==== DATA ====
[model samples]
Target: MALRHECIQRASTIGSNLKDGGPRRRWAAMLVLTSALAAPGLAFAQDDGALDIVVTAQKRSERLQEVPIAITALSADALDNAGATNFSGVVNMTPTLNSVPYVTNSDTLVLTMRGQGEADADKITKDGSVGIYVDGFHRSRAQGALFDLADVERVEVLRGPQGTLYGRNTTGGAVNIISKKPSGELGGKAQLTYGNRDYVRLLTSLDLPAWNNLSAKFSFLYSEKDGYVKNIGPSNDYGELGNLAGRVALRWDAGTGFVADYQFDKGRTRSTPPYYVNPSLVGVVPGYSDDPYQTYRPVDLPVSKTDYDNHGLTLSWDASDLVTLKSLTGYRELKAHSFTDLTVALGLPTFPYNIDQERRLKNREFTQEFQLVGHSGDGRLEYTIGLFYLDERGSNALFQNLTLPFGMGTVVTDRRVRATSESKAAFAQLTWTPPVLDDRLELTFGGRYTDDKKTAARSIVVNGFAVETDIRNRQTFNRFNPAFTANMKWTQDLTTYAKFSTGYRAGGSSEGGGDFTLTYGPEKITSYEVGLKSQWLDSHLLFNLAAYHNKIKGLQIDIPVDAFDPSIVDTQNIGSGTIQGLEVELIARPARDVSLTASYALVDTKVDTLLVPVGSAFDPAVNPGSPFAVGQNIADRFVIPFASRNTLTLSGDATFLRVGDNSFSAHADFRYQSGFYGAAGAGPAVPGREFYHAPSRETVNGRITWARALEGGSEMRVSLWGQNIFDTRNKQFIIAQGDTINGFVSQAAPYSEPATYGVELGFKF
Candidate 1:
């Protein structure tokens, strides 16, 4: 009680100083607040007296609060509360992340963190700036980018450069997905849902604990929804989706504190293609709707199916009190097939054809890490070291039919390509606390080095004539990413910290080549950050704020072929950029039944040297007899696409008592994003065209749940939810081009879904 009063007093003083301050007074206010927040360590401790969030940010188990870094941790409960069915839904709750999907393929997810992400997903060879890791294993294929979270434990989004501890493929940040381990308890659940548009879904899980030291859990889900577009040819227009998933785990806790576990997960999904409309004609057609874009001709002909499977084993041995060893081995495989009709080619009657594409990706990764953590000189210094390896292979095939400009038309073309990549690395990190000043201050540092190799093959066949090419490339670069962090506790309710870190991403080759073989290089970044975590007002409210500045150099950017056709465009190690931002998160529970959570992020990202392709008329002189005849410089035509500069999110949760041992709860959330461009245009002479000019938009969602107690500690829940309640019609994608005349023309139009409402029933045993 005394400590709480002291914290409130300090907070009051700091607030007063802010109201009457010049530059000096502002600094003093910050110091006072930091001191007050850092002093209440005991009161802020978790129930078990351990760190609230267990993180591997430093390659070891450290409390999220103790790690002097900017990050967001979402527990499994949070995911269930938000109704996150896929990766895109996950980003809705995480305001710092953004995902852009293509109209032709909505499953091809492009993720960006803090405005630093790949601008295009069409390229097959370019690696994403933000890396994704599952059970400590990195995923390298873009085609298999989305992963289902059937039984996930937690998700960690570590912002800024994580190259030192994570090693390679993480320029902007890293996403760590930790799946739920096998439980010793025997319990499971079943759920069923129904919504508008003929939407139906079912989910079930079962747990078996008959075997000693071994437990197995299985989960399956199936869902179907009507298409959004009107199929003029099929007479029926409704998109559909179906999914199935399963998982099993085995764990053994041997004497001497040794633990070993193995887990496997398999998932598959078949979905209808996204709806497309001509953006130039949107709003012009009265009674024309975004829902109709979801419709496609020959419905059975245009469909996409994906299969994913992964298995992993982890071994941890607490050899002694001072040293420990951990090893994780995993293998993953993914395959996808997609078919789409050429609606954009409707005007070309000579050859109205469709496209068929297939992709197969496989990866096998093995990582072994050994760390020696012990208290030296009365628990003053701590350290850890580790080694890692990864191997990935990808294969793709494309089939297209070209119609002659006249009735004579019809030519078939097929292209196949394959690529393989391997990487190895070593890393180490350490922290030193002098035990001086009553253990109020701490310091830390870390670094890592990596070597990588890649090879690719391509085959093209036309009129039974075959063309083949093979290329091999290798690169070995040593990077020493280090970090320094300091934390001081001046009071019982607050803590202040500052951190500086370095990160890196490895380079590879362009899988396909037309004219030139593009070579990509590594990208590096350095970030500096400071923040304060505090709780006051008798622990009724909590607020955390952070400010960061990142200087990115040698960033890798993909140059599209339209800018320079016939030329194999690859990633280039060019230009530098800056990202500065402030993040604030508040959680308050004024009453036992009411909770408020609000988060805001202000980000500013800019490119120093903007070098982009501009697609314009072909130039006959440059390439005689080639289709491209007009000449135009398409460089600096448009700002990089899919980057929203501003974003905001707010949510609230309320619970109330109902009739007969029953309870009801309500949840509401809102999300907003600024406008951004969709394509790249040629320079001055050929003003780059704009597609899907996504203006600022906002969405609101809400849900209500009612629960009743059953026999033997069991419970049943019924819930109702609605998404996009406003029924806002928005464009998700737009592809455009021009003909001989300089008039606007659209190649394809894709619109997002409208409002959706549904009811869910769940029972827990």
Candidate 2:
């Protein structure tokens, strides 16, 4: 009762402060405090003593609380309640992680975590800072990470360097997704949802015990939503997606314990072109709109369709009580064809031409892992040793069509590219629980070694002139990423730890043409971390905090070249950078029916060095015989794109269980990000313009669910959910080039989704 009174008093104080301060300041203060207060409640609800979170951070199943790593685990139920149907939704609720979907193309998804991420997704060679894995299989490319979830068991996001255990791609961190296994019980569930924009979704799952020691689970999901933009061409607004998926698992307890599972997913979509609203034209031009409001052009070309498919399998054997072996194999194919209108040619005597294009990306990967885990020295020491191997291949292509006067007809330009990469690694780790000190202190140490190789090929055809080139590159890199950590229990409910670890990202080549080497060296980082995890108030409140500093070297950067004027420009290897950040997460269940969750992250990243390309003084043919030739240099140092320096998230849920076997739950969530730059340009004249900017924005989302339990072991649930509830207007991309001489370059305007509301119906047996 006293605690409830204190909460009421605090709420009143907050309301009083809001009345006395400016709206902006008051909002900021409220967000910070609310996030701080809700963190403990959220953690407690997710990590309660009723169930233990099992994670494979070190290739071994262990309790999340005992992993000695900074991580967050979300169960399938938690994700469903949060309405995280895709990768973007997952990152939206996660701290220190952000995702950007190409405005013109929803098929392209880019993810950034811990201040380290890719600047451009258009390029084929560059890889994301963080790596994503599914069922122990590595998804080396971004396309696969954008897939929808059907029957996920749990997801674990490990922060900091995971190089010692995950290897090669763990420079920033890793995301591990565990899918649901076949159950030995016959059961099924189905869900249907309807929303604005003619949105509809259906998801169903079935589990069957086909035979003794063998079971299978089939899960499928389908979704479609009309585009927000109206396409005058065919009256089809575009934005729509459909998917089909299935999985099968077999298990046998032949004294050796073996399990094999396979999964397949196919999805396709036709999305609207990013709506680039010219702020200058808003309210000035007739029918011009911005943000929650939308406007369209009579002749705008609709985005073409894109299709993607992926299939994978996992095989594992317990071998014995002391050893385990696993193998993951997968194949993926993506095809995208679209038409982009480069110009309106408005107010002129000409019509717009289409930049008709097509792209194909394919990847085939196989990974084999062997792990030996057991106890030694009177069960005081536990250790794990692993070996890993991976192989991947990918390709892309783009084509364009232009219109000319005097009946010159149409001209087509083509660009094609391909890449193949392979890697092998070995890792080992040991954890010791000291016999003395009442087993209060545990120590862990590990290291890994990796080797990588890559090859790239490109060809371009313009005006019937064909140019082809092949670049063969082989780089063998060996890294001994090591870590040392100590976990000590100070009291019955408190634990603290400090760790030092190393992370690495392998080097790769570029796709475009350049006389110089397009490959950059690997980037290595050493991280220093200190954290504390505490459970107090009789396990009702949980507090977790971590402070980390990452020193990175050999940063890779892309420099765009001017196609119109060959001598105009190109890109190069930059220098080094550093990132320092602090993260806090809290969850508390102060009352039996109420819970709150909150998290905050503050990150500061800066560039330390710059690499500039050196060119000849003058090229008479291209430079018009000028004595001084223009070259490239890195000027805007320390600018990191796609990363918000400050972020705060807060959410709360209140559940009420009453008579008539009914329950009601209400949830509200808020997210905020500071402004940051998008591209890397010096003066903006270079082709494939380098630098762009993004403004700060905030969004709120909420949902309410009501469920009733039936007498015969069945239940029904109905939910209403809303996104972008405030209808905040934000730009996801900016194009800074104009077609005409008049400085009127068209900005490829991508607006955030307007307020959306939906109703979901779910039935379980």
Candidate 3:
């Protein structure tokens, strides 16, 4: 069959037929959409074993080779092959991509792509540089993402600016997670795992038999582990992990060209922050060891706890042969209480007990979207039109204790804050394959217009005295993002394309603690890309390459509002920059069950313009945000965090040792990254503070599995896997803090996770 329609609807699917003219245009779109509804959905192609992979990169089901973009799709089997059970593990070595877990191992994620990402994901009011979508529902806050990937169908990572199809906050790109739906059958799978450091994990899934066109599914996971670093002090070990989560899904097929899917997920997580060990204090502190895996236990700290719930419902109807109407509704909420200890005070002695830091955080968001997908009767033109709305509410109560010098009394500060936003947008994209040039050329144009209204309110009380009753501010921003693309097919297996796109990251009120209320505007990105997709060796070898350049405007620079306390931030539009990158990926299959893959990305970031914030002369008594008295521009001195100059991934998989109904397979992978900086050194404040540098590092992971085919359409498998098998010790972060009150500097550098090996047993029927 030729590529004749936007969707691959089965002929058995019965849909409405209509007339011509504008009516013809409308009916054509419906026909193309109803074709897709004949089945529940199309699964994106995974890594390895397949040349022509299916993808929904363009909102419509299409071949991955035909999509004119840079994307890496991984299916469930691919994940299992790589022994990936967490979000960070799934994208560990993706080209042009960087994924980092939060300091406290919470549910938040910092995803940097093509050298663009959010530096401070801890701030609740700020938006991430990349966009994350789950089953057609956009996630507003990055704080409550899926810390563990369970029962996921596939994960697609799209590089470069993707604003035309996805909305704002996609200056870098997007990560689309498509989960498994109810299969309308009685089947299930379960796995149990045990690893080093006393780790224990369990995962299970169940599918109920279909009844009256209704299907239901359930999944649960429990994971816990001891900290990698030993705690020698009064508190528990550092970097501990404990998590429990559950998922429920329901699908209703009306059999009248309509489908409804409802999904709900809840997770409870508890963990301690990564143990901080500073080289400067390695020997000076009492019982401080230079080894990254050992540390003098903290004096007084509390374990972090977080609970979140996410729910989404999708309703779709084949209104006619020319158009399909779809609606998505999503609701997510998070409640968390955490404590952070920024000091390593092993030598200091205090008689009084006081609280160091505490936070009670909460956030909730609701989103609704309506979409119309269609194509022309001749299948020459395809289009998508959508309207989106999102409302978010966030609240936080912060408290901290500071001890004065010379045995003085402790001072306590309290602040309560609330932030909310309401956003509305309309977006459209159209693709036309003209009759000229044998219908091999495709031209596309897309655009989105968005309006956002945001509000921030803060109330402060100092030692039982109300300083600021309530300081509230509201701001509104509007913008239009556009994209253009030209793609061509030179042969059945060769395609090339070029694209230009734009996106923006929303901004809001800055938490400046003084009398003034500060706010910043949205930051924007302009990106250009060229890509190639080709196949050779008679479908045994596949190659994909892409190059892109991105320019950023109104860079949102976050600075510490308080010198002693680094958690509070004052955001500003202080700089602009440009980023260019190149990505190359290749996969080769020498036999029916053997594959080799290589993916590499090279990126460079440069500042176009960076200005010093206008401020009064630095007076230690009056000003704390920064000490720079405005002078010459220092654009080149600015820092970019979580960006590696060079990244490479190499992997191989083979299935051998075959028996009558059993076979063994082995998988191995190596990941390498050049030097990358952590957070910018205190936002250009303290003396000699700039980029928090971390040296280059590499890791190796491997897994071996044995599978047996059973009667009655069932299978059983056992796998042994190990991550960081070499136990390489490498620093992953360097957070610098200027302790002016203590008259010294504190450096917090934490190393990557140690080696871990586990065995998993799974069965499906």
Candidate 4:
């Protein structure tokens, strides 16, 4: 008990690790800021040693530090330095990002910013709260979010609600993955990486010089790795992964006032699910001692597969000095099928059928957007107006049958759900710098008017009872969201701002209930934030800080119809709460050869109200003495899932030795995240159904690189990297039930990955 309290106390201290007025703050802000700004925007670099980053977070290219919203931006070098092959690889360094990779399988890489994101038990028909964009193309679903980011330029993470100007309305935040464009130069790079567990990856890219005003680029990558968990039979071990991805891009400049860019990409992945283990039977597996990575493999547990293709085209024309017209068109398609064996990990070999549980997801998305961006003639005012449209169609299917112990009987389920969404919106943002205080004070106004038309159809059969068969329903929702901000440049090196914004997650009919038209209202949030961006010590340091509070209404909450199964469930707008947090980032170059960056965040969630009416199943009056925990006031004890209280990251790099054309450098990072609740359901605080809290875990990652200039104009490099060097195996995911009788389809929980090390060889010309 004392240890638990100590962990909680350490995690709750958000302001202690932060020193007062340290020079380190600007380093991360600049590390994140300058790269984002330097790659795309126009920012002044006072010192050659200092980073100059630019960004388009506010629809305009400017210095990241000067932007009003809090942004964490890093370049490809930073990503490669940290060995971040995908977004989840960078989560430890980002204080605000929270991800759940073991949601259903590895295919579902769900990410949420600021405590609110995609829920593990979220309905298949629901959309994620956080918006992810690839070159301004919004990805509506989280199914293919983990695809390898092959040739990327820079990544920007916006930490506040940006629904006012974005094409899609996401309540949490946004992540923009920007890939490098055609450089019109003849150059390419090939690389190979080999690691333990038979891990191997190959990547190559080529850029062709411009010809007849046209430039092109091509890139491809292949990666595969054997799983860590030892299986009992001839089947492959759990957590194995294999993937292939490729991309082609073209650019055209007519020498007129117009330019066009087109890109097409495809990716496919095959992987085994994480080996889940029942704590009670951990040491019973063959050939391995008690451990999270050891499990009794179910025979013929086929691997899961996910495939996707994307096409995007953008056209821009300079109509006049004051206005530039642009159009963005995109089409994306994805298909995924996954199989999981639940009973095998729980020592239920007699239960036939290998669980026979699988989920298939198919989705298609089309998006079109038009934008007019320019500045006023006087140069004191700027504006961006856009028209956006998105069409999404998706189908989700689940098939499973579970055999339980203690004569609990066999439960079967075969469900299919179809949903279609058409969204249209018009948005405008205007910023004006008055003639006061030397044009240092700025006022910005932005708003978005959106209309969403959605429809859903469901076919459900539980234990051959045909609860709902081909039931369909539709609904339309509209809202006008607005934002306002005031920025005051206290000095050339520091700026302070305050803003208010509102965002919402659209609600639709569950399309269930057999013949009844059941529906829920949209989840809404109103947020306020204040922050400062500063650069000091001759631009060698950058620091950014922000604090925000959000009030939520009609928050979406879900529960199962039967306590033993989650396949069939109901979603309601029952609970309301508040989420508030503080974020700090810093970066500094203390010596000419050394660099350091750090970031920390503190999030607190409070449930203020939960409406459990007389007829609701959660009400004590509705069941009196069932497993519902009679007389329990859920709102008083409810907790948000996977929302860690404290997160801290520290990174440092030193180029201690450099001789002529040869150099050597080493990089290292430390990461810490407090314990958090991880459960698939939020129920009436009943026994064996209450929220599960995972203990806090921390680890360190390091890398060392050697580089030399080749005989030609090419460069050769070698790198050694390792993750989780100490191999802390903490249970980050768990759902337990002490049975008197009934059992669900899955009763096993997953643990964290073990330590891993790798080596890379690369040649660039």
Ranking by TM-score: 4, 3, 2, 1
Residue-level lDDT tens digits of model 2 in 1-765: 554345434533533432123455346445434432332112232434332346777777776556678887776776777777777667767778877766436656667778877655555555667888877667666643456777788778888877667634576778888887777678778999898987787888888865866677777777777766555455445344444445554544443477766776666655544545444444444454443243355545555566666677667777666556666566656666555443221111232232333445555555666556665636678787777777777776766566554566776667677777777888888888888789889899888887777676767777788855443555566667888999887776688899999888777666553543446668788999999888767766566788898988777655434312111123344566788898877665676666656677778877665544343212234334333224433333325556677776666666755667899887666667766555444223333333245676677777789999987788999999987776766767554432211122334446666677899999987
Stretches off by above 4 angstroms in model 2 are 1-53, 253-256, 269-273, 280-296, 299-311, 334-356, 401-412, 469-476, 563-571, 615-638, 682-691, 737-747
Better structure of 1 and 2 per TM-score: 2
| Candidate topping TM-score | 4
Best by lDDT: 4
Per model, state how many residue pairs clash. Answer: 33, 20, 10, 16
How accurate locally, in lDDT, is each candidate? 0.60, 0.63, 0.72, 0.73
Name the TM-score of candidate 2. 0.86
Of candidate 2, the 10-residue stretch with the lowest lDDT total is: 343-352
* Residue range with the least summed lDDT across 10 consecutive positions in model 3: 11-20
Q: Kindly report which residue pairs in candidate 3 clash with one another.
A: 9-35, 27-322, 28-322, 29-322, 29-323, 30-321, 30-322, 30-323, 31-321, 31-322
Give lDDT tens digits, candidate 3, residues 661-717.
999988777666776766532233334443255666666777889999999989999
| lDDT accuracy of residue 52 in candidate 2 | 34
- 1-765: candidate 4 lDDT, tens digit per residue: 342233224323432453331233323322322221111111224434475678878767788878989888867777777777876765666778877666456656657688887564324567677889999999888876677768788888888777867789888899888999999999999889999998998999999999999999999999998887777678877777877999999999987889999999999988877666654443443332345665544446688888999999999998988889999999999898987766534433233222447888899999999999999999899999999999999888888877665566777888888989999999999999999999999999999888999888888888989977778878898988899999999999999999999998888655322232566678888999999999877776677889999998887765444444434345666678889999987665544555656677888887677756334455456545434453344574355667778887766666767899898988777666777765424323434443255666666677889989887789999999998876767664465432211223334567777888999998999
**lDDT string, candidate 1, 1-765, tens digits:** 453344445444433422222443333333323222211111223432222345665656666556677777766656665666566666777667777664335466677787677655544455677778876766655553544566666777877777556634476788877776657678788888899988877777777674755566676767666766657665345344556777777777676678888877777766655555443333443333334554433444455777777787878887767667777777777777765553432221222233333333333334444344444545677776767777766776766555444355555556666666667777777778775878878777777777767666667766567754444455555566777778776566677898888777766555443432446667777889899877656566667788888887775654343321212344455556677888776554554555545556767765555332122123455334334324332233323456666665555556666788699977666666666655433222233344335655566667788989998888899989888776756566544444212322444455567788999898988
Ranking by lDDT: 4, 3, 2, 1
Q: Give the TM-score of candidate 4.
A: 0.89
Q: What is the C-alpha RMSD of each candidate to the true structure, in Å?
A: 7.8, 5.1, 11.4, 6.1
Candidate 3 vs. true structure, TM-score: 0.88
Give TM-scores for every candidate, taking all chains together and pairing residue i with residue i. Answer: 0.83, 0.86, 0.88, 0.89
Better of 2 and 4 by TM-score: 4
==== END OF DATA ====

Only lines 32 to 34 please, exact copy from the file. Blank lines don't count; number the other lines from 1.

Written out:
Q: What is the C-alpha RMSD of each candidate to the true structure, in Å?
A: 7.8, 5.1, 11.4, 6.1
Candidate 3 vs. true structure, TM-score: 0.88